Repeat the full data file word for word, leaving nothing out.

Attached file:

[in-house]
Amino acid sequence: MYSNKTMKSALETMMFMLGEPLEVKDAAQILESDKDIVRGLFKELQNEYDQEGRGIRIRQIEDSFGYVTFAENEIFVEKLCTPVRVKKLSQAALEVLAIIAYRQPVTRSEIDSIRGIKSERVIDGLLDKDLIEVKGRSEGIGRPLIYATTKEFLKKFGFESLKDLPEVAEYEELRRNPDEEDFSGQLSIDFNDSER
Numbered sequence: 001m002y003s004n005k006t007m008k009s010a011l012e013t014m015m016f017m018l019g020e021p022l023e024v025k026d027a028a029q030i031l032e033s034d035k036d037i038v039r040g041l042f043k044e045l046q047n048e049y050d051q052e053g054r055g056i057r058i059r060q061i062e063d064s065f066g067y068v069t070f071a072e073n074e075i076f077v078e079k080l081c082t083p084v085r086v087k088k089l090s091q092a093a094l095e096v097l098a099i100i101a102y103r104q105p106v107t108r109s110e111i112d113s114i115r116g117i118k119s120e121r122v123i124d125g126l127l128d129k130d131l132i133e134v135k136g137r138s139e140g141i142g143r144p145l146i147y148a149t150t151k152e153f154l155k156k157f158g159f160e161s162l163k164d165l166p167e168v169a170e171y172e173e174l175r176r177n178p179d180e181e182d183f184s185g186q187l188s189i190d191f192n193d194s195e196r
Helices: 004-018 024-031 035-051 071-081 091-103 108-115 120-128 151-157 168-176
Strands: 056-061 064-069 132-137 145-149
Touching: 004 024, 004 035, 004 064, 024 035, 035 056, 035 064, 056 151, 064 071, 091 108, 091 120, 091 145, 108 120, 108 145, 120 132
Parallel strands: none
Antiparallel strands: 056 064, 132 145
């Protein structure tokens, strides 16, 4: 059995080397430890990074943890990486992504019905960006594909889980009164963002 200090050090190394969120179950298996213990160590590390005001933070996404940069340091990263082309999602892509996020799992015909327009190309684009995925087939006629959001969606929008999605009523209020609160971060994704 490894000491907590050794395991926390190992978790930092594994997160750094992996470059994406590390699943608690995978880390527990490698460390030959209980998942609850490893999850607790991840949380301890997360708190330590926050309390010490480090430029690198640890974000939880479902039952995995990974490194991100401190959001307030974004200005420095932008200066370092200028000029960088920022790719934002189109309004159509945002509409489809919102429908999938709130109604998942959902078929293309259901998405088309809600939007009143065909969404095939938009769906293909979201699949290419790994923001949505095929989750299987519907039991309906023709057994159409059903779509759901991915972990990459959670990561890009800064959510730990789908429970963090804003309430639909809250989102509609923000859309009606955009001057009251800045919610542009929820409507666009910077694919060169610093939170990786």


[in-house]
Amino acid sequence: MYSNKTMKSALETMMFMLGEPLEVKDAAQILESDKDIVRGLFKELQNEYDQEGRGIRIRQIEDSFGYVTFAENEIFVEKLCTPVRVKKLSQAALEVLAIIAYRQPVTRSEIDSIRGIKSERVIDGLLDKDLIEVKGRSEGIGRPLIYATTKEFLKKFGFESLKDLPEVAEYEELRRNPDEEDFSGQLSIDFNDSER
Numbered sequence: 001m002y003s004n005k006t007m008k009s010a011l012e013t014m015m016f017m018l019g020e021p022l023e024v025k026d027a028a029q030i031l032e033s034d035k036d037i038v039r040g041l042f043k044e045l046q047n048e049y050d051q052e053g054r055g056i057r058i059r060q061i062e063d064s065f066g067y068v069t070f071a072e073n074e075i076f077v078e079k080l081c082t083p084v085r086v087k088k089l090s091q092a093a094l095e096v097l098a099i100i101a102y103r104q105p106v107t108r109s110e111i112d113s114i115r116g117i118k119s120e121r122v123i124d125g126l127l128d129k130d131l132i133e134v135k136g137r138s139e140g141i142g143r144p145l146i147y148a149t150t151k152e153f154l155k156k157f158g159f160e161s162l163k164d165l166p167e168v169a170e171y172e173e174l175r176r177n178p179d180e181e182d183f184s185g186q187l188s189i190d191f192n193d194s195e196r
Helices: 004-018 024-031 035-051 071-081 091-103 108-115 120-128 151-157 168-176
Strands: 056-061 064-069 132-137 145-149
Touching: 004 024, 004 035, 004 064, 024 035, 035 056, 035 064, 056 151, 064 071, 091 108, 091 120, 091 145, 108 120, 108 145, 120 132
Parallel strands: none
Antiparallel strands: 056 064, 132 145
């Protein structure tokens, strides 16, 4: 059995080397430890990074943890990486992504019905960006594909889980009164963002 200090050090190394969120179950298996213990160590590390005001933070996404940069340091990263082309999602892509996020799992015909327009190309684009995925087939006629959001969606929008999605009523209020609160971060994704 490894000491907590050794395991926390190992978790930092594994997160750094992996470059994406590390699943608690995978880390527990490698460390030959209980998942609850490893999850607790991840949380301890997360708190330590926050309390010490480090430029690198640890974000939880479902039952995995990974490194991100401190959001307030974004200005420095932008200066370092200028000029960088920022790719934002189109309004159509945002509409489809919102429908999938709130109604998942959902078929293309259901998405088309809600939007009143065909969404095939938009769906293909979201699949290419790994923001949505095929989750299987519907039991309906023709057994159409059903779509759901991915972990990459959670990561890009800064959510730990789908429970963090804003309430639909809250989102509609923000859309009606955009001057009251800045919610542009929820409507666009910077694919060169610093939170990786």